April 11, 2018


Kent Hall Room 403, Columbia University, New York, NY 10027

6:00 pm – 8:00 pm

Event Organizer

Chinese Literature and Culture

Event Sponsor

Event Co-Sponsor(s)

Institute for Comparative Literature and Society

Center for the Study of Social Difference

Weatherhead East Asian Institute

Huang Lin Fund

East Asian Languages and Cultures Department

Today, we invoke the Silk Road as an interconnected antiquity before globalization. This talk approaches the Silk Road as a modern idea–as a term that was first coined by a German geographer in 1877, but whose significance lies within a more global history of contestatory narratives about antiquity.  During the Cold War, China resignified the Silk Road/ 丝绸之路 as the ancient prefiguration of its Non-Aligned diplomacy with the decolonized world. The Silk Road became part of a larger Afro-Asian area studies framework through which Chinese and Afro-Asian historians and writers spatially re-organized China’s connected past. China’s Afro-Asian Silk Road differed from the Euro-Asian Silk Road of the West and Japan. This account argues the need to pay greater attention to the inherited frameworks and rhetorical tropes with which we narrate the connected past.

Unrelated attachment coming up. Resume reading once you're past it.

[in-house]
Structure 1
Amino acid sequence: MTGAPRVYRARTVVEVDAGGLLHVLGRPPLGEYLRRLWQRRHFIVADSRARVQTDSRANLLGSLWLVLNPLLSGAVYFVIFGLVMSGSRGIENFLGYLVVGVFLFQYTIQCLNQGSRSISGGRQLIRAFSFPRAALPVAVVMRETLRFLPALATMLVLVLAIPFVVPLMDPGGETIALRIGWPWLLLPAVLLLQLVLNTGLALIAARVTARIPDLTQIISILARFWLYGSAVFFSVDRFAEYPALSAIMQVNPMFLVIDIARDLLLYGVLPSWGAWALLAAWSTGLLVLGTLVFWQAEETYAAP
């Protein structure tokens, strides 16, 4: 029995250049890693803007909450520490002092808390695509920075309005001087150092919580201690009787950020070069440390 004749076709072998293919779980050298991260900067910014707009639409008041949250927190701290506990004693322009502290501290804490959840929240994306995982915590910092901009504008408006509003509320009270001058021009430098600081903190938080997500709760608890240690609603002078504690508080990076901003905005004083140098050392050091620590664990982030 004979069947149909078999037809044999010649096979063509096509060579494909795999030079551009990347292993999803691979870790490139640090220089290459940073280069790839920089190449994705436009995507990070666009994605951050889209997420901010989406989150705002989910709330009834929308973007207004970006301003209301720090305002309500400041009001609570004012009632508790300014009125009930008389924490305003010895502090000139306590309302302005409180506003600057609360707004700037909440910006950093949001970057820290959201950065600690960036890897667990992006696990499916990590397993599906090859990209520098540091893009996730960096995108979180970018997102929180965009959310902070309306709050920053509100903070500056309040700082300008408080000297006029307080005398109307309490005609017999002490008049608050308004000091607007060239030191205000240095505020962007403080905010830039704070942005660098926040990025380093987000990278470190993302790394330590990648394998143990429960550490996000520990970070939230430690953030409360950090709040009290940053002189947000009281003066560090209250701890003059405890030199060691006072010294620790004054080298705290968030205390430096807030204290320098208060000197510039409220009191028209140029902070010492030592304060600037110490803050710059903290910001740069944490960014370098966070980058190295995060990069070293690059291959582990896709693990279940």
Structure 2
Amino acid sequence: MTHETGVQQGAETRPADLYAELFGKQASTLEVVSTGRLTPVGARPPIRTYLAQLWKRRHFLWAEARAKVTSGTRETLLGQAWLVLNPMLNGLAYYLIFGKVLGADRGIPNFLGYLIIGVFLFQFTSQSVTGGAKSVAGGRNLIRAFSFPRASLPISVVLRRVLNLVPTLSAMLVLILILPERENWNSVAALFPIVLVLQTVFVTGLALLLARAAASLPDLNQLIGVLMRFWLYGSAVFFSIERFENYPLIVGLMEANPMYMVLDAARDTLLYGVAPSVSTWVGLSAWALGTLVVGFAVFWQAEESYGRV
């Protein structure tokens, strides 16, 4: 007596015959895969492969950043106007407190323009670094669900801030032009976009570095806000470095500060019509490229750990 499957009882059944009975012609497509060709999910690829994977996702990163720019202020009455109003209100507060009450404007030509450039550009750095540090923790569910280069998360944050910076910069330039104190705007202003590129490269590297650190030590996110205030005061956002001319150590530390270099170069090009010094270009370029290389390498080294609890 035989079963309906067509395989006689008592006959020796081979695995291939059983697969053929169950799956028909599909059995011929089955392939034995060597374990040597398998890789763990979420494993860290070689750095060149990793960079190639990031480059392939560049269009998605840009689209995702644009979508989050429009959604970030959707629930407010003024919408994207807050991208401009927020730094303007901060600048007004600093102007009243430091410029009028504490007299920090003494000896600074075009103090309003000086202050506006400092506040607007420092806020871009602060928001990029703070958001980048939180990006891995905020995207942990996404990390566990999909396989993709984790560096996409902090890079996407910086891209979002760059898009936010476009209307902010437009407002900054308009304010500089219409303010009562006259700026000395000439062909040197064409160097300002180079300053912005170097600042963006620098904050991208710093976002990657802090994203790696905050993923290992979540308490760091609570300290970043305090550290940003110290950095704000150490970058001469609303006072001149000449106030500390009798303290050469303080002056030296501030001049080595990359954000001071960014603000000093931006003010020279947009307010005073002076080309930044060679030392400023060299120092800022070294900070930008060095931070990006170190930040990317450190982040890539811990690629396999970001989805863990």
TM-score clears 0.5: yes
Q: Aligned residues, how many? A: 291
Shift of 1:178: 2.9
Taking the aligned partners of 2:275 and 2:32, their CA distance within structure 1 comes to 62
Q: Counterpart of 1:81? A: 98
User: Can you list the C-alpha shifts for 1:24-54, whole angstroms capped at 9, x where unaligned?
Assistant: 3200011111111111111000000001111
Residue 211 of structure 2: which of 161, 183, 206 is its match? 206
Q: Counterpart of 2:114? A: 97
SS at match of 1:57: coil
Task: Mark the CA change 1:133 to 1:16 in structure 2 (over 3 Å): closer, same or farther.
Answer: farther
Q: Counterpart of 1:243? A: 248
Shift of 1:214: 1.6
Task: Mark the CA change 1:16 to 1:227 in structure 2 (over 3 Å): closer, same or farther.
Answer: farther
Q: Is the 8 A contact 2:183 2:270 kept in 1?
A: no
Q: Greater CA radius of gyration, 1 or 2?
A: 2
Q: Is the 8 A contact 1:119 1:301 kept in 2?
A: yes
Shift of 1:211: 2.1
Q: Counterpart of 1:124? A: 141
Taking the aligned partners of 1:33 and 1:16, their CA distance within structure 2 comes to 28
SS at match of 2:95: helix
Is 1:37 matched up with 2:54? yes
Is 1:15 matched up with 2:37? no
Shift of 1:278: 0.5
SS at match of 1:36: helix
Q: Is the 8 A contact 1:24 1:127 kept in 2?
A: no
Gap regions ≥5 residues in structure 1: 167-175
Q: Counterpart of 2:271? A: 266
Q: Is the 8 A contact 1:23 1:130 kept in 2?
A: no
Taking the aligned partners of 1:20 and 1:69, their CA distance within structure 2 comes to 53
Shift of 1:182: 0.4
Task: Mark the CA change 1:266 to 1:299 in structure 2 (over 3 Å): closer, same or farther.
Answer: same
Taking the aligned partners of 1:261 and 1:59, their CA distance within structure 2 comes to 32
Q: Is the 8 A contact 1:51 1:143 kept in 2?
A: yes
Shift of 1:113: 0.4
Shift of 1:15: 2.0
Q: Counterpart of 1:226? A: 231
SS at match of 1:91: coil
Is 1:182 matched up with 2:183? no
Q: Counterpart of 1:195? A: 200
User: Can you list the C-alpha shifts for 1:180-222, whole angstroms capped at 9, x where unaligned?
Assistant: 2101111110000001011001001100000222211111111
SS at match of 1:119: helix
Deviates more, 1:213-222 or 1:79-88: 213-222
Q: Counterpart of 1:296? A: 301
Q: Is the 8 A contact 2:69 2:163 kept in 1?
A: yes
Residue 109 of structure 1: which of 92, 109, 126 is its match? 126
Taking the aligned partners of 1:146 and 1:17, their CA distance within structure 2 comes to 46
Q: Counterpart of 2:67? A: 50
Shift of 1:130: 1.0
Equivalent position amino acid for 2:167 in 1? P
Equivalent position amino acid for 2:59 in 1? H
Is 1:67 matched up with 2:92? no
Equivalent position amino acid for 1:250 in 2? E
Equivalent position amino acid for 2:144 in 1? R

The Heyman Center for the Humanities, Room B-101
74 Morningside Drive
New York, NY, 10027
  (212) 854-4541
  (212) 854-3099